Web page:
Roman Polanski’s Landmark Friday the 13th

The director completes what would have been the 90-day sentence reached under a plea deal 32 years ago.

Last Updated: December 3, 2009 @ 12:57 PM

This Friday the 13th won’t be just another day in a Swiss jail for Roman Polanski. By then the director will have sat behind bars, awaiting extradition to Los Angeles, for 48 full days — a significant figure for legal numerologists.

Not only is it a longer period of incarceration than Polanski spent in Chino State Prison for psychiatric observation in 1978, but, when added to those 42 days in Chino, it adds up to the magic number of 90.

That’s his proposed sentence reached under the plea deal 32 years ago.

“I would absolutely think,” says USC law professor Jean Rosenbluth, “that his attorney would ask for sentence credit — and it’s not unlikely that a judge would grant Polanski the time he’s already served in Switzerland.”

Rosenbluth, however, cautions against assuming there would be a day-for-day trade.

For one thing, she points out, Polanski fled the country in 1978 before the deal he’d struck with prosecutors was formalized as a sentence. For another, there are possible penalties arising from his flight.

“There probably would be some kind of global disposition,” Rosenbluth says, “an agreement that would take into consideration all the time he’s been confined. By the time his case comes up before the judge, Polanski will have spent some time in prison here, too, and that will be taken into account.”

So, while this Friday marks the 90th day Polanski will have been confined because of his 1977 sexual assault case, it probably won’t hurt for him to remain in Switzerland a little bit longer and earn some extra jail credits.

Meanwhile, the international petition to free Polanski continues to spawn recriminations along a broad front of the culture wars. According to the Jezebel website, when actress Emma Thompson had her name removed from the list of signatories this week, French novelist (“Orgy”) and filmmaker (“Grand Oral”) Yann Moix accused her of belonging to that lowest order of sentient life, the “petition tourist.”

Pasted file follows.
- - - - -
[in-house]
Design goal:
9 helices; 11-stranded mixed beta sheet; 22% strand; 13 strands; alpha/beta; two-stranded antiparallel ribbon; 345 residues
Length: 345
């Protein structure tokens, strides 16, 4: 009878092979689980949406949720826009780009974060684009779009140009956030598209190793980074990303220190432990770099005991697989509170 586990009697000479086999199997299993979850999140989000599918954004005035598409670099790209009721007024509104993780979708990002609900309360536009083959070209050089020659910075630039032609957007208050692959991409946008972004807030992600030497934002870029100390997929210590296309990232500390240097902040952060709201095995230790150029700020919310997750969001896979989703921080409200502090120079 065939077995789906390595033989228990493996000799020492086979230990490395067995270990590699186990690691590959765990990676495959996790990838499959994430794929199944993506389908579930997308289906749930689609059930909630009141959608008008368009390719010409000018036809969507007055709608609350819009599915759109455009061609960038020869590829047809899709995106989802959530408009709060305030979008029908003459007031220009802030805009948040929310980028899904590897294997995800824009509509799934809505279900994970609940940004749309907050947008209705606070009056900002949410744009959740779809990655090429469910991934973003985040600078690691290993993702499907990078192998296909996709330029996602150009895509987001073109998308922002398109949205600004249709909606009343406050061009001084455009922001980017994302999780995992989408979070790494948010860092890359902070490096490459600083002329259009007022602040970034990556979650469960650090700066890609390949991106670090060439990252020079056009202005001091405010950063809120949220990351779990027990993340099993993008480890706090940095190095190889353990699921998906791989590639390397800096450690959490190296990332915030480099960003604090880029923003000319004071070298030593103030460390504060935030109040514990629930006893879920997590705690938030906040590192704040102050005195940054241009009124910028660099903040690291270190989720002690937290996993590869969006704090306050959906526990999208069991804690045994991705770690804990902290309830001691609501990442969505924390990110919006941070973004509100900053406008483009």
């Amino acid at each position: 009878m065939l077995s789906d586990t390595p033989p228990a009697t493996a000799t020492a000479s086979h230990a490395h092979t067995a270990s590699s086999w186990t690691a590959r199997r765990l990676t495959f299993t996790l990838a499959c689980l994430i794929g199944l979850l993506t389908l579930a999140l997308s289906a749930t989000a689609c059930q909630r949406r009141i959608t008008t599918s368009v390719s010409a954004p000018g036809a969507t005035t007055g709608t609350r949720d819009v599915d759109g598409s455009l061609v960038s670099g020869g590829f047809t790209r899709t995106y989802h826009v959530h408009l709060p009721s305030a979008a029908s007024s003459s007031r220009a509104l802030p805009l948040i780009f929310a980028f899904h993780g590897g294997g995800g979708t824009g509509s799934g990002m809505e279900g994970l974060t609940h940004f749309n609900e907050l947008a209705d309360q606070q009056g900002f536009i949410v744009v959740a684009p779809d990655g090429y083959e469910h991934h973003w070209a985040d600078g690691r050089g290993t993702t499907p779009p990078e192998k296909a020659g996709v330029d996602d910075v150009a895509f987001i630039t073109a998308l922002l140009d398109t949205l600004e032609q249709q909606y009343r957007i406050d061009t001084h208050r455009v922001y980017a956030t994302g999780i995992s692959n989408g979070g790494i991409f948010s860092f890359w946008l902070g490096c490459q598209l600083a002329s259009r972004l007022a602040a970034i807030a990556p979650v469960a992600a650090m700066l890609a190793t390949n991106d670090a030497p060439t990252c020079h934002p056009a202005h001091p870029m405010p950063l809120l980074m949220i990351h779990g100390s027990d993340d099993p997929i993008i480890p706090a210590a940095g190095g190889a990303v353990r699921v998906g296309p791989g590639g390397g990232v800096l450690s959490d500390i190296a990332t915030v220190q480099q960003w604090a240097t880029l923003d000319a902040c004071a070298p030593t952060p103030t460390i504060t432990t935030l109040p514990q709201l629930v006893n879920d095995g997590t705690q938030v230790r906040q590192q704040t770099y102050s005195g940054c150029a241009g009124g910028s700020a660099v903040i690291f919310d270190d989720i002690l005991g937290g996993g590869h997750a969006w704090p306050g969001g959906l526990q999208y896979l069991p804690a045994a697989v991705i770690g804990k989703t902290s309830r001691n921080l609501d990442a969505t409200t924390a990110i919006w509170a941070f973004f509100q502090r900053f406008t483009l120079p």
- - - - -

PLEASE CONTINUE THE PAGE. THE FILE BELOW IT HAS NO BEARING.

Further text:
"In life,” Moix wrote, “we must choose between whims and ideas. … We would like to now sign a petition that Madame Emma Thompson never again sign a petition, because it would not be her signature that would be ridiculed, but this time the cause."

Meanwhile, Arab commenter Jihad el-Khazen, writing for the London-based Dar Al-Hayat newspaper, attacked Moix’s mentor, French celebrity philosopher Bernard-Henri Levy, for pleading Polanski’s case partly based on the fact that the director’s mother perished in a concentration camp.

“Shame on Levy here before anyone else,” el-Khazen wrote, “as he insults the memory of the Holocaust by rendering it an excuse for an ugly rape whose details are appalling.”

And, on the right-hand margins of the debate, Breitbart’s Burt Prelutsky’s attack on “Hollywood Elitists Through the Ages” continues a recurring theme of linking Polanski (and the National Endowment for the Arts!) to Holocaust figures.

Prelutsky’s Big Hollywood column begins with Polanski and ends with Leni Riefenstahl.

“Just recently,” Prelutsky complained, “we got to watch a swarm of Hollywood retards climbing all over themselves in a rush to defend Roman Polanski, a piece of Euro-trash who confessed to having sex with a 13-year-old child.”

We can only imagine the commentary once Polanski is back in town.